Nowadays every subgenre of media is so seemingly segregated, segmented and catered to that a piece of pop culture ephemera that manages to transcend its particular target audience is a truly rare phenomenon. Such was the case of early to mid 2000’s Marvel comics series Runaways. Born of a desire to tap into both the then-booming Manga and Young Adult reading markets (and failing miserably at both, at least initially), visionary writer Brian K. Vaughan elevated the material beyond its purely mercenary origins with a clever concept deftly executed, making what many expected to be a passable “kid’s book” engrossing and heartbreaking no matter how much of a jaded comics reader you were.
Unfortunately Hulu’s 10 episode TV adaptation of the series isn’t quite that masterfully crafted. Runaways, for the uninitiated, centered on a group of LA teenagers who discover that their parents are actually a shadowy cadre of Lovecraftian elder god worshipping, human sacrificing super villain / gangster types who controlled all of the vice in the Marvel Universe’s West Coast with an iron fist (not THAT Iron Fist), keeping guys like the Kingpin, Hammerhead and Silvermane in New York (didn’t ya know). Naturally, the children of super villains have inherited all kinds of cool abilities, being mutants and aliens, gadget laden Tony Stark style techno-geniuses and having pet dinosaurs and such, and the kids used said tools to strike back against their parents, eventually leading to a satisfying and complete victory, though not without some gut wrenching Joss Whedon-style casualties.
Making no effort toward that sort of narrative finality, even eventually, seems to be TV Runaways’ biggest problem. It’s a shame because what many might’ve thought to be the biggest stumbling block towards adaptation, the cast, is surprisingly there. Casting, acting, motivation, believability, these kids do a fantastic job across the board. Even Chase (Gregg Sulkin), the character most altered from the source material (from lovable, goofy stoner type to jock douchebag deluxe) eventually comes around to be as almost painfully likable (if you know where this story is probably going) as everyone else, leaving the series better than we found it with a fully formed cast ready to, well, run away.
Using a clever mix of practical and CG effects, even the team’s resident Deinonychus “Old Lace” looks fantastic. It’s too bad that the writing can’t keep up with the production design.
So what do these first 10 episodes of Runaways do, exactly? Well, spend a whole hell of a lot more time with the team’s parents, that’s for sure, with predictably mixed results despite genre ringers like James Marsters and Kevin Weisman amongst their number. They fall clearly into TV/Film villain tropes with little motivation for having formed their “Pride”, especially given the simplified nature of the power behind their influence. Taking a page out of The Strain’s book with it’s brightly lit Kubrickian apartments full of resurrected evil beings who secretly pull all the strings (dropping the Lovecraft angle entirely), The Pride’s human sacrifices now serve to strengthen a being simply known as “Jonah”, the Gibborim reimagined as a Scientology-esque cult and he at their mysterious, gooey center.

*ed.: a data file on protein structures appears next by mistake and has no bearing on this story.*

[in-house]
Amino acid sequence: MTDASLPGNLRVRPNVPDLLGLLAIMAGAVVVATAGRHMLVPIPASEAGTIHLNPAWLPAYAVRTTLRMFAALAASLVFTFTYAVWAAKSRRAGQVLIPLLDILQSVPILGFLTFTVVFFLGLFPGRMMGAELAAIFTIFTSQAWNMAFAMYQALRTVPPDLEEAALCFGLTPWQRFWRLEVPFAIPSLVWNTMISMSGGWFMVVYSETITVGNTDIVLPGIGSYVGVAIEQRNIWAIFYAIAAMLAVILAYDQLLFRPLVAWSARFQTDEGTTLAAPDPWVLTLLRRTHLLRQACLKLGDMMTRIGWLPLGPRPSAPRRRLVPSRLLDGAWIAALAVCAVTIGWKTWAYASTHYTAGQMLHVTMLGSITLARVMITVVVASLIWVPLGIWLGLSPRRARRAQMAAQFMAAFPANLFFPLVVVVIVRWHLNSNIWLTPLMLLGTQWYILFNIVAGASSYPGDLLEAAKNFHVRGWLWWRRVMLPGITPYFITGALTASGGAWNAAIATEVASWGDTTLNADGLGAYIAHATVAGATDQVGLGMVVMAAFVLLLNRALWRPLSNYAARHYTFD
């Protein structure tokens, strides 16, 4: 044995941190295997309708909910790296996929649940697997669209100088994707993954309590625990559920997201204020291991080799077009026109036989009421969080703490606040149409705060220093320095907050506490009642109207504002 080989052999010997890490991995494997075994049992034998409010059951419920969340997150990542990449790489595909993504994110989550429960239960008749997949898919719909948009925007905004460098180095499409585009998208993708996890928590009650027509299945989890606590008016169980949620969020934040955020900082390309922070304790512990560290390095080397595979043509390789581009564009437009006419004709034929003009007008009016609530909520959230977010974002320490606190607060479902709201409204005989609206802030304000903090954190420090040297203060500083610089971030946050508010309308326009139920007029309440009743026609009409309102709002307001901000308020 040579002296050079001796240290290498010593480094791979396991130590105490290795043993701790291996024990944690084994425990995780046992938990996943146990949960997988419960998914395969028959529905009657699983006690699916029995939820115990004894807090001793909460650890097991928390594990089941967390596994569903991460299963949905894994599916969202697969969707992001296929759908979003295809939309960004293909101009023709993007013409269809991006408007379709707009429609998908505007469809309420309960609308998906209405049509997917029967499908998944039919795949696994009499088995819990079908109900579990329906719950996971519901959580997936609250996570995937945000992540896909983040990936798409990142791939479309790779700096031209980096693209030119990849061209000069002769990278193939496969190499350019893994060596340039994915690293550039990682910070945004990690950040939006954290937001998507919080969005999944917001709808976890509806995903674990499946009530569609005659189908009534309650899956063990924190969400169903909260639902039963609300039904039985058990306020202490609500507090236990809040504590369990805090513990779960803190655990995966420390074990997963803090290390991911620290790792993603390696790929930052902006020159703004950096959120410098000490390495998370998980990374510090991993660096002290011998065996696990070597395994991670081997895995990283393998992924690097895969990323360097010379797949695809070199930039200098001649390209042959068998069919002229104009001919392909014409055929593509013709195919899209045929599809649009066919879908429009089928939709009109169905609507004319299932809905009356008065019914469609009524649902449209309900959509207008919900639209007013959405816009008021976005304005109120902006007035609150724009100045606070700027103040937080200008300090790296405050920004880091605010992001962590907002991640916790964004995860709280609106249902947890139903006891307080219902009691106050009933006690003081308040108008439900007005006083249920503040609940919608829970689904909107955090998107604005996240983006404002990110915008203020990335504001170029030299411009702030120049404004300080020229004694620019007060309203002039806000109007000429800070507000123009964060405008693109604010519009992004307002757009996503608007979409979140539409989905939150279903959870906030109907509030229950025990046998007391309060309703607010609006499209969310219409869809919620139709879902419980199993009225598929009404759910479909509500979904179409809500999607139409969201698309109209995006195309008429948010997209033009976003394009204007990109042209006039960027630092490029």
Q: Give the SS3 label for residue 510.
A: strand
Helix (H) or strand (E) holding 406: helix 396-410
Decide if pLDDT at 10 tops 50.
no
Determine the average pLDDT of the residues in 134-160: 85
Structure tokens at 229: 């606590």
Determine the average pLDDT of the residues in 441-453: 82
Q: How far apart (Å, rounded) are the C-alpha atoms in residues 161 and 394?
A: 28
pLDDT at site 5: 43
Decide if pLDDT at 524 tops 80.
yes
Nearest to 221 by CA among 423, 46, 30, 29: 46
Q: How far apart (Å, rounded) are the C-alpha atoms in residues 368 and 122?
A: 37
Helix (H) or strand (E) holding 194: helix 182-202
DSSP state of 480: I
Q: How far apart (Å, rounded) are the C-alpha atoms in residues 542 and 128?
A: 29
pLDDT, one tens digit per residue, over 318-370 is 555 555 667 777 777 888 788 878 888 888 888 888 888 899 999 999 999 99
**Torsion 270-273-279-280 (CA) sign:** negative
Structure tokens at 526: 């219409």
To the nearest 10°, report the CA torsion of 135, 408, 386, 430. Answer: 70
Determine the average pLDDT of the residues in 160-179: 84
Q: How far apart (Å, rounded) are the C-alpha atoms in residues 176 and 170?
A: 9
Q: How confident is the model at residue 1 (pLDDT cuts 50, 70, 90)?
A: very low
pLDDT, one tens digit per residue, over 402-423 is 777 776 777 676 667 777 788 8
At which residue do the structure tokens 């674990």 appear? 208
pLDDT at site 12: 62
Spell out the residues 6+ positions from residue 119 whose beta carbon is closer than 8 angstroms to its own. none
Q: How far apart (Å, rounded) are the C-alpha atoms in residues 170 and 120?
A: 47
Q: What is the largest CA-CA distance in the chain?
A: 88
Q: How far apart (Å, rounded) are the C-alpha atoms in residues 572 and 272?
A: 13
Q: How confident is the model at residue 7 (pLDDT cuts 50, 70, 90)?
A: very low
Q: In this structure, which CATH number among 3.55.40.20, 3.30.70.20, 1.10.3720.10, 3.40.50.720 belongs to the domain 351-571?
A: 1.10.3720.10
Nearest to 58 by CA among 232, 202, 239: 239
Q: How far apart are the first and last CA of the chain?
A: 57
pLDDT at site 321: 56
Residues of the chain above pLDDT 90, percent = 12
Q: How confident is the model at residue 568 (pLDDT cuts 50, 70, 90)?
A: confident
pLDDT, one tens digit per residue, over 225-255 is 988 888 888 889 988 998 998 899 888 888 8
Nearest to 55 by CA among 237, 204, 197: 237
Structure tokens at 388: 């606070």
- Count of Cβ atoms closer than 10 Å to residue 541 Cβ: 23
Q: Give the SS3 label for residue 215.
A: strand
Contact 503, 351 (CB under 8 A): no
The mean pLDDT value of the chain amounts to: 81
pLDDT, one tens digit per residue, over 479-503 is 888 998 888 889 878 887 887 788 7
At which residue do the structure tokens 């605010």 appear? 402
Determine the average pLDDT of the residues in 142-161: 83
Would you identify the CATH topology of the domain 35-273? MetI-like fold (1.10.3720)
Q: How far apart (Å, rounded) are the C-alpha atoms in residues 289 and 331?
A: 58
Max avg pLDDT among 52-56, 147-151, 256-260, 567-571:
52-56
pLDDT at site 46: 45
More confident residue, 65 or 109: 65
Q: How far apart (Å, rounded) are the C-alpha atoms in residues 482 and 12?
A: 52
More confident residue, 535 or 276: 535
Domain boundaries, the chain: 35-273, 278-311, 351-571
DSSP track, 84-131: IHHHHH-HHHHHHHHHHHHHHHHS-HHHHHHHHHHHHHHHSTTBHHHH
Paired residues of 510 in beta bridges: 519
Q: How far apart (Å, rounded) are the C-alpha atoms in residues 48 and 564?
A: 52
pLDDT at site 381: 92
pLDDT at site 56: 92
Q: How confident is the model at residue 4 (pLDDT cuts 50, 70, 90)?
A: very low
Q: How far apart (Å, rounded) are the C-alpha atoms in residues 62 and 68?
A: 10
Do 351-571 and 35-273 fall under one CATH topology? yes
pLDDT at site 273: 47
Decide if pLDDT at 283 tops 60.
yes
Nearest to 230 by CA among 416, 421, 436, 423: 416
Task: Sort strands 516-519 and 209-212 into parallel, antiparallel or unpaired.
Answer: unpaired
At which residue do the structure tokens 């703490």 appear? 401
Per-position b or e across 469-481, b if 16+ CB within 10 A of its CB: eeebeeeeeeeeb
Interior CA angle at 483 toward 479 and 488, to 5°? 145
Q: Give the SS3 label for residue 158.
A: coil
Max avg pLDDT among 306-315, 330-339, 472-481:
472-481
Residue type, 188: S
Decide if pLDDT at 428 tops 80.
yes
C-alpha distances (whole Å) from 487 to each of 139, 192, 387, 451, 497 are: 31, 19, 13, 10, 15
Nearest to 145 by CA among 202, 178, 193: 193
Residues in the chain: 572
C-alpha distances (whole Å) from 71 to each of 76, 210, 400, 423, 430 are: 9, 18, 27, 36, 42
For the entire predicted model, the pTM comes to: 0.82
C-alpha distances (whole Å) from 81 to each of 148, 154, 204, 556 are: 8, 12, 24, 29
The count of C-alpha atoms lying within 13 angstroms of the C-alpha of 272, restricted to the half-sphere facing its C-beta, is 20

The problem with this “Jonah” (played by basic cable lifer Julian McMahon, last seen in a Marvel adaptation stinking up the joint something awful as Doctor Doom in the early aughts Fantastic Four movies) is that, aside from some allusion to he and Karolina sharing in alien origins (complete with the Powerman 5000 video grade special effects to prove it in their penultimate episode confrontation), he doesn’t serve much of a purpose beyond being the macguffin of a boring, typical central villain that the comics were always too clever to need, with his mustache twirling one dimensionality possibly, eventually absolving the team’s parents from their involvement, which, again, has yet to be clearly laid out. The series takes The Walking Dead approach and stretches the narrative light first few issues of a comic series into an entire first season of TV that does little but lay out its main premise, one that anyone even marginally interested in checking out the series is probably already at least tangentially familiar with. And doing so. Very. Slowly.
So while there may be a bright future for Hulu’s Runaways (just as The Walking Dead eventually peaked after a shaky start), it’s first 10 episodes shouldn’t be considered appointment viewing for anyone, no matter how deeply they still hold the transcendent source material in their hearts.